The UCL Arts and Humanities MA in Comparative Literature is a taught graduate degree programme.
The programme aims to give students a thorough understanding of modern theories of literature, the contexts of literature and the interaction between literatures, and to provide practical experience in comparative literary studies.
Suitably qualified candidates can study for the degrees of MPhil and PhD in Comparative Literature.
Research topics can be in traditional areas of comparative literature or in such fields as literary theory, translation studies, gender studies and interdisciplinary studies.
The PhD requires a minimum of three years' full-time study (minimum four years' part-time). The MPhil is a research degree of the shorter type, normally requiring two years full-time (four years part-time). Students can study on a full-time or part-time basis; part-time non-residential registration is also possible in some cases.
A minimum of an upper second-class Honours degree in a relevant discipline from a UK university or an overseas qualification of an equivalent standard.
How to apply
You may choose to apply online or download application materials; for details visit www.ucl.ac.uk/gradapps
The deadline for applications is 2 August 2013. Early application is advised due to competition for places. Those applying for scholarship funding (particularly overseas applicants) should take note of application deadlines.
Who can apply?
The programme is particularly suitable for students with a first degree in a language and literature subject, or in a related subject such as history, cultural studies or media studies. A sophisticated understanding of cultural diversity is essential. A reading knowledge of at least one language other than English is normally expected.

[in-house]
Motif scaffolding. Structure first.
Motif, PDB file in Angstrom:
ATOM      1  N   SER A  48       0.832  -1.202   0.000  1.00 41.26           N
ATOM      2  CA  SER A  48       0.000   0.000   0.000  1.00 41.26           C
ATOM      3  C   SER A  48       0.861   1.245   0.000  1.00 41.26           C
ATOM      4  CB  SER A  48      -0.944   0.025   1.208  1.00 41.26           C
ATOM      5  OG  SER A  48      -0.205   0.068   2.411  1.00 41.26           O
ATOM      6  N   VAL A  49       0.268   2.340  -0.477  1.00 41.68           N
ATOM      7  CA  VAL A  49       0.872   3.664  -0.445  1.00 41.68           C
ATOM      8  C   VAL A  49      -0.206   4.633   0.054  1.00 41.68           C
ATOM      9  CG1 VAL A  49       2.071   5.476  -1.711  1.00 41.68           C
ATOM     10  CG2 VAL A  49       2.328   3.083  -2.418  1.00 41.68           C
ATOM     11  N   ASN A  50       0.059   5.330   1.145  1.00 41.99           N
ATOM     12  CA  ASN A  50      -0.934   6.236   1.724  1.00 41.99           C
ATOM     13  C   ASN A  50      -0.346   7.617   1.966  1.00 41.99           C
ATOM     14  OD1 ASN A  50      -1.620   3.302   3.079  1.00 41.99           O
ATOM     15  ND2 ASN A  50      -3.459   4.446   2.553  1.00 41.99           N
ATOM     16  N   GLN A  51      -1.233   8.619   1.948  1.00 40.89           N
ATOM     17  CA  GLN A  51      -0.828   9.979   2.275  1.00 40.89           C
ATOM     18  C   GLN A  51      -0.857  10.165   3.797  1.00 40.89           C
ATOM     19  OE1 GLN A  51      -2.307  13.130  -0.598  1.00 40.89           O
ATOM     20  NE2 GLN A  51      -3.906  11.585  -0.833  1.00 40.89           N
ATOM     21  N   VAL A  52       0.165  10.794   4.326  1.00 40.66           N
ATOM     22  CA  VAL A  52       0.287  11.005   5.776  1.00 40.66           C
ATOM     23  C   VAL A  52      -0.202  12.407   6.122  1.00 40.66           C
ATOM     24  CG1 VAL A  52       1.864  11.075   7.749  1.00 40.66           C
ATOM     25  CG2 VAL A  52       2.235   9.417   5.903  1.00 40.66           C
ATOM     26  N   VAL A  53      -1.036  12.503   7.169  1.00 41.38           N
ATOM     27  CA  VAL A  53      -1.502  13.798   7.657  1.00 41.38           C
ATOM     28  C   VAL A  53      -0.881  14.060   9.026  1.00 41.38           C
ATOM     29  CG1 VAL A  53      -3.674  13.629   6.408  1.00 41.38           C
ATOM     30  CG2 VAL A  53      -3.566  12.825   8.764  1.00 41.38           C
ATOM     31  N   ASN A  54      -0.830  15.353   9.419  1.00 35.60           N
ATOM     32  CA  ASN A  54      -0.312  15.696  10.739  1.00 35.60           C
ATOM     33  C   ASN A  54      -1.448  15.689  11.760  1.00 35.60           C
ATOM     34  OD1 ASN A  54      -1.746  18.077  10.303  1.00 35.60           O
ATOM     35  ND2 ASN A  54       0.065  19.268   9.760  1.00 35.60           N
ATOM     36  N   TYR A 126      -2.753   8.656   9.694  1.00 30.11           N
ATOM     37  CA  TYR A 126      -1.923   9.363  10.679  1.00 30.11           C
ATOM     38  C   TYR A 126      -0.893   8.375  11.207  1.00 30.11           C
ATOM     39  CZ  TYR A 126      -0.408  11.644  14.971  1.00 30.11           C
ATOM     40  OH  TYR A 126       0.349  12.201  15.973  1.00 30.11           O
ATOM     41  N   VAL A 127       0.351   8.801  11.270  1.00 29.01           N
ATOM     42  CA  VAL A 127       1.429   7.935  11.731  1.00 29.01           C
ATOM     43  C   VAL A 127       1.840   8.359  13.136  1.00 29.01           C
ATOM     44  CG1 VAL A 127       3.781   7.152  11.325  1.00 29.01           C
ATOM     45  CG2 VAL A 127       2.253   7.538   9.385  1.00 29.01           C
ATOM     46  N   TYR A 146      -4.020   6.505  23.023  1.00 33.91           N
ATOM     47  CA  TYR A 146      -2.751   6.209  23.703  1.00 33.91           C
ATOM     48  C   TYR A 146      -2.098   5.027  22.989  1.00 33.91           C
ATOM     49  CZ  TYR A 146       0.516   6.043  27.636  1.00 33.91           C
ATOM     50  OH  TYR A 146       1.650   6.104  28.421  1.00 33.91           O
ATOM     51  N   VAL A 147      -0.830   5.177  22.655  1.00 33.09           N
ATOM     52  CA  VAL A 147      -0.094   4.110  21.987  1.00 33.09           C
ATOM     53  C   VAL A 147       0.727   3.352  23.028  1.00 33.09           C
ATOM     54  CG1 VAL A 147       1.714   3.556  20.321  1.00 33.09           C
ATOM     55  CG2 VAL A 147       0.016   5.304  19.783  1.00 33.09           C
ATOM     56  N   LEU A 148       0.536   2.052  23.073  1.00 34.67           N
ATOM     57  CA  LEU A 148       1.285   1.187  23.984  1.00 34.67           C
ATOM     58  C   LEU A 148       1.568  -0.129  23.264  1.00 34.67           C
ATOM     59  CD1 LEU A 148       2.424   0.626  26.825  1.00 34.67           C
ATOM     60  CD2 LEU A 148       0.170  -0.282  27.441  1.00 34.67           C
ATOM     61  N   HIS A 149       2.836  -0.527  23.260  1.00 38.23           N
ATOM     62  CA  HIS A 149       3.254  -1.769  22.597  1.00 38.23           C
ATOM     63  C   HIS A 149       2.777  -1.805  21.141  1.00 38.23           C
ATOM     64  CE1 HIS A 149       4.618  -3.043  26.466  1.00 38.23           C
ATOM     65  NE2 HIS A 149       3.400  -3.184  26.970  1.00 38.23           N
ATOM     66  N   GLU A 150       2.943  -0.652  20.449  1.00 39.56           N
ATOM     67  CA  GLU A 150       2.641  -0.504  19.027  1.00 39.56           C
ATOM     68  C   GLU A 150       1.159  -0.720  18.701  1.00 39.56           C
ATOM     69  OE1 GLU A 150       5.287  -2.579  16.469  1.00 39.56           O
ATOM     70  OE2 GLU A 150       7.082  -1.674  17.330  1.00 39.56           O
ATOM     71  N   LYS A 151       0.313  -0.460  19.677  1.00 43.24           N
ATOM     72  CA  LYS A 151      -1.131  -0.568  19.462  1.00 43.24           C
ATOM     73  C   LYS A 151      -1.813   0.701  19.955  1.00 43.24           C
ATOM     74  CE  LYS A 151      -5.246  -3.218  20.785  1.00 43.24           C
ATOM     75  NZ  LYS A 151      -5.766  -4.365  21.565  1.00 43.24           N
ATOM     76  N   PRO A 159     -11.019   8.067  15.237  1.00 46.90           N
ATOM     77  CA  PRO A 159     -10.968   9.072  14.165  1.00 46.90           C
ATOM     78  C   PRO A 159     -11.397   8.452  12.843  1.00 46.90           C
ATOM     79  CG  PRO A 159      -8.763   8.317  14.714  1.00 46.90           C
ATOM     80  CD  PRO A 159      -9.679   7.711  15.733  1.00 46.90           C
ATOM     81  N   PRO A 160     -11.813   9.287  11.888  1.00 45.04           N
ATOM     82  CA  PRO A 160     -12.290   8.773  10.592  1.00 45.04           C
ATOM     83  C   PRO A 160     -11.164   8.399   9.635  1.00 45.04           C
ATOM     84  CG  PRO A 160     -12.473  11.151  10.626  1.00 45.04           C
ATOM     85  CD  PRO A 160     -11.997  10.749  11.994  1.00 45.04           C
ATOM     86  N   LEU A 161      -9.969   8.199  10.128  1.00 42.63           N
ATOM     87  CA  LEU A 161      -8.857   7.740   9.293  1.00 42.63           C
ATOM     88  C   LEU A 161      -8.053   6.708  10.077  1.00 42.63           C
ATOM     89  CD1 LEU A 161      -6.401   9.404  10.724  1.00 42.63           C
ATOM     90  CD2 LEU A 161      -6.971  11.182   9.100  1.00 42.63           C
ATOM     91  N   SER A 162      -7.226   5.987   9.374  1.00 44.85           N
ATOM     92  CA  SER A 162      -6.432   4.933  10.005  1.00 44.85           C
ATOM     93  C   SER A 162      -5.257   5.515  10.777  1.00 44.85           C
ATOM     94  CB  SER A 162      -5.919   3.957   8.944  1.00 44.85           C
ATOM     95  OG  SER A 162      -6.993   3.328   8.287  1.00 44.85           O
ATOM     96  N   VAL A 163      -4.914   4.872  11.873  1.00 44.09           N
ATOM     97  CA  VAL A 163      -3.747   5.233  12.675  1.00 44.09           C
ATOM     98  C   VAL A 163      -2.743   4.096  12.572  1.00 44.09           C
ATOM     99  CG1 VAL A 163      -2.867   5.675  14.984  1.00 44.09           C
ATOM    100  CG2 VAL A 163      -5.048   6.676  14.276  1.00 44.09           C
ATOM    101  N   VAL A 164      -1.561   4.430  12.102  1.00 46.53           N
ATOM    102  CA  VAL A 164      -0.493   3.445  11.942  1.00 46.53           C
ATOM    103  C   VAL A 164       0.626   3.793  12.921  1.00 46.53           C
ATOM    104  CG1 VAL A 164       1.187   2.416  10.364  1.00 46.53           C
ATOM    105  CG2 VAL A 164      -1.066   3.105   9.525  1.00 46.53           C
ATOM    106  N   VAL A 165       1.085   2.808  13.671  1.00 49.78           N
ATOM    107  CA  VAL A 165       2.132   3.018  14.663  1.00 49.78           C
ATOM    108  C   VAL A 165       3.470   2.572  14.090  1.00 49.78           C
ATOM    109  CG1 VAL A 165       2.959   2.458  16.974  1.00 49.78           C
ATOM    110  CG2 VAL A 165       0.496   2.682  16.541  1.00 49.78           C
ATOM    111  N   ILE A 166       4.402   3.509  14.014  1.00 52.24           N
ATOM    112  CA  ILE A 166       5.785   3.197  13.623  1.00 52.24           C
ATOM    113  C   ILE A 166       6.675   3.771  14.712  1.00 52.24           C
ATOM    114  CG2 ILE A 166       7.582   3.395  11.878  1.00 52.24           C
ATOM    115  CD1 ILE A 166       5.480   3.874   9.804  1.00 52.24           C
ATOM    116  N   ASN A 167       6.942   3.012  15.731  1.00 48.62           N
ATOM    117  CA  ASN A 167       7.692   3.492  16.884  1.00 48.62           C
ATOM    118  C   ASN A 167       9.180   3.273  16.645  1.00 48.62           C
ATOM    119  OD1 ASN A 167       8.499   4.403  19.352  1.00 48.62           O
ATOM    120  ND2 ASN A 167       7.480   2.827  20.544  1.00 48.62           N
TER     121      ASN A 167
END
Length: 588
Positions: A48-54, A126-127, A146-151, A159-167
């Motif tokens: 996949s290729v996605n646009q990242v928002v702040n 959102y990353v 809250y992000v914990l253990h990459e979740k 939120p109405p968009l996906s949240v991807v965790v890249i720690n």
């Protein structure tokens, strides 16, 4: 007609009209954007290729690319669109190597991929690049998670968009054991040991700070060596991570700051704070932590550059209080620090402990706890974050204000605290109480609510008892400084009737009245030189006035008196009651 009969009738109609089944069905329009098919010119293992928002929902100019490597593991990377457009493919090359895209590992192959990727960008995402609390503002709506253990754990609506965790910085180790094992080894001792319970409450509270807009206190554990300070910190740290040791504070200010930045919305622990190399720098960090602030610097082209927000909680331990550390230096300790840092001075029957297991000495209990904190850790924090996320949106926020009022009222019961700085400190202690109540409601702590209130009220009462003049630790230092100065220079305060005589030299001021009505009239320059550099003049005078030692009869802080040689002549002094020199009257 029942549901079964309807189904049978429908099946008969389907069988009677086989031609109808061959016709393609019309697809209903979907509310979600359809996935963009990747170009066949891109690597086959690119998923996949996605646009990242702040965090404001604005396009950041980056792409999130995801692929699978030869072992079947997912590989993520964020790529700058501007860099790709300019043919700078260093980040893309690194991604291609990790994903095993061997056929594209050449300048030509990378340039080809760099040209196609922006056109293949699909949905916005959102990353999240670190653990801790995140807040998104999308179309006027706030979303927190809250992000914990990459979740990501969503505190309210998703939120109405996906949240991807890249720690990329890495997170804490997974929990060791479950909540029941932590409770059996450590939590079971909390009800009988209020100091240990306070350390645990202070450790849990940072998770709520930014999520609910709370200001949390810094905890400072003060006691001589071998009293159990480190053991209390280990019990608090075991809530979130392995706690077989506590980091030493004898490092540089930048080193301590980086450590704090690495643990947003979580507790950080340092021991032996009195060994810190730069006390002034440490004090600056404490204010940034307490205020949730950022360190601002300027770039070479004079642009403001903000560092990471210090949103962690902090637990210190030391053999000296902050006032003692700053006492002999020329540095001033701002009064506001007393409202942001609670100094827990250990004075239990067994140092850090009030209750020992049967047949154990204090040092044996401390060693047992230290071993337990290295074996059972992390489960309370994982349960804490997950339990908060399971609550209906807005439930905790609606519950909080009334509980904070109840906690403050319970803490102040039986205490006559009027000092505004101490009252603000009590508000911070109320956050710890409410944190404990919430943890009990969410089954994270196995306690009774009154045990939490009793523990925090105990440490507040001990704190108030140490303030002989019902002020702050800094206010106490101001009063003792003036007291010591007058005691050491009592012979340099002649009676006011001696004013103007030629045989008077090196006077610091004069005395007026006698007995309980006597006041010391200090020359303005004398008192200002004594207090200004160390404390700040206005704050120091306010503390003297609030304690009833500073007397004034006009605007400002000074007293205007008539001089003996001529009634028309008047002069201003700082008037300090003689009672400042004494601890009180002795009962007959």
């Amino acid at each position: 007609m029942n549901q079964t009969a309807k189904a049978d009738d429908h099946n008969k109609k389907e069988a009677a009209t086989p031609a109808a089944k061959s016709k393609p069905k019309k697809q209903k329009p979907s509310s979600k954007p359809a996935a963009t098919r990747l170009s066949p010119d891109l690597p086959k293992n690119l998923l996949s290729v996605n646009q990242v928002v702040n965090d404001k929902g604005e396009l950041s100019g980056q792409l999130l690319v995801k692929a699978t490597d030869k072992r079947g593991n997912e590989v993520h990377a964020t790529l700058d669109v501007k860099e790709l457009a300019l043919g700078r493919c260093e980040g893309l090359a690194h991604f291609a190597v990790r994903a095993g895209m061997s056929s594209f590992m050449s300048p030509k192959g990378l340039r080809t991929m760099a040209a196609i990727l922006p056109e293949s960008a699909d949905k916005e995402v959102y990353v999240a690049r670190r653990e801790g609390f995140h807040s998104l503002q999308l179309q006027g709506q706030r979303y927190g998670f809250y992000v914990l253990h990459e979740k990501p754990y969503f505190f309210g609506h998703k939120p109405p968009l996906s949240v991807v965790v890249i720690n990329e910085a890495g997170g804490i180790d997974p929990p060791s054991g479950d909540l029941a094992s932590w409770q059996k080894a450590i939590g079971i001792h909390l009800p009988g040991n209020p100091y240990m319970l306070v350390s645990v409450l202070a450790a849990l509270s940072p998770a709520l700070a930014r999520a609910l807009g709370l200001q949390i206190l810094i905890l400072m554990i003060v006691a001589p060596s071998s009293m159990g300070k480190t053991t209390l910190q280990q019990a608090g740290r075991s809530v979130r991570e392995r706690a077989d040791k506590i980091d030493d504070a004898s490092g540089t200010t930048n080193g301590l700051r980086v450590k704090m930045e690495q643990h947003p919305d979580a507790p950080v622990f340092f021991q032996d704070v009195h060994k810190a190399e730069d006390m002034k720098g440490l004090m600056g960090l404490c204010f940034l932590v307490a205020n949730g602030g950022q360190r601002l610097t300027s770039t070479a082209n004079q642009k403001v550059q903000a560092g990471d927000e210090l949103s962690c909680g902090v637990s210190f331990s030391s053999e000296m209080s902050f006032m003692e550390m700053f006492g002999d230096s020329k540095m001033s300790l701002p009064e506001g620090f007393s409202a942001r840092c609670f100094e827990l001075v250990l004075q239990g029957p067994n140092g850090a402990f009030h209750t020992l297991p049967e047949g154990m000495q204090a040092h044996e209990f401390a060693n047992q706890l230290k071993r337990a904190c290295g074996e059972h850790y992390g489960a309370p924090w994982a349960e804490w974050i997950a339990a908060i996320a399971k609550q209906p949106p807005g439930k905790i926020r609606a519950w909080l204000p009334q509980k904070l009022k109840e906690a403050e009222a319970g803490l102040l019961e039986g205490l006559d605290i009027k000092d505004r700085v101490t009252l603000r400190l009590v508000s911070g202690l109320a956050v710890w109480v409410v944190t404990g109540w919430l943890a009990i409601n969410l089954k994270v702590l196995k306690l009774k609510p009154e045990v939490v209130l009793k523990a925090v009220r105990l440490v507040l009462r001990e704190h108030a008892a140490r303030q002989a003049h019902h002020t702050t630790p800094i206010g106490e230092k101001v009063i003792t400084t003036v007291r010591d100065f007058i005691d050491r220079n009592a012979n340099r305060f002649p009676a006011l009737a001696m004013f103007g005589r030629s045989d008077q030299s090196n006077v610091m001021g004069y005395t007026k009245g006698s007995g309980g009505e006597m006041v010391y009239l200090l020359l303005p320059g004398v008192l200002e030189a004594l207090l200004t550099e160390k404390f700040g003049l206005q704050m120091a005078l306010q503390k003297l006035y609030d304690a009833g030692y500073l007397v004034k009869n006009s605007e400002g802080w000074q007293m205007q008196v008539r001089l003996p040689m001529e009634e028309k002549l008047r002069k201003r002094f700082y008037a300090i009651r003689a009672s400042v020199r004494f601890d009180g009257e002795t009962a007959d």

What are we looking for?
When we assess your application we would like to learn:
- why you want to study Comparative Literature at graduate level
- why you want to study Comparative Literature at UCL
- what particularly attracts you to this programme
- how your personal, academic and professional background meets the demands of this programme
- where you would like to go professionally with your degree
Together with essential academic requirements, the personal statement is your opportunity to illustrate whether your reasons for applying to this programme match what the programme will deliver.
All students take a UCL Graduate School research skills course.
such things as information retrieval and processing, the efficient and
critical use of electronic resources, project management,
bibliographical referencing and dissertation writing techniques.
of its skills development programme the UCL Graduate School hosts two
Royal Literary Fund Fellows, professional authors who offer one-to-one
tutorials in effective academic writing for both native and non-native
speakers of English.
With its exceptional range of modern and ancient languages and cultures, UCL provides a comprehensive environment for comparative literary study.
Departments housed in the Faculty of Arts and Humanities cover Danish, Dutch, English, French, German, Ancient Greek, Hebrew, Icelandic, Italian, Latin, Norwegian, Spanish, Swedish and Yiddish. The School of Slavonic and East European Studies (SSEES) deals with all the major languages, literatures and cultures of Central and Eastern Europe, including Bulgarian, Czech, Croatian, Finnish, Hungarian, Polish, Romanian, Russian, Serbian and Slovak.
Many UCL staff have comparative and interdisciplinary research interests in addition to their subject specialism.
A co-operation agreement with the nearby School of Oriental and African Studies (SOAS) covers teaching as well as research and ensures global coverage.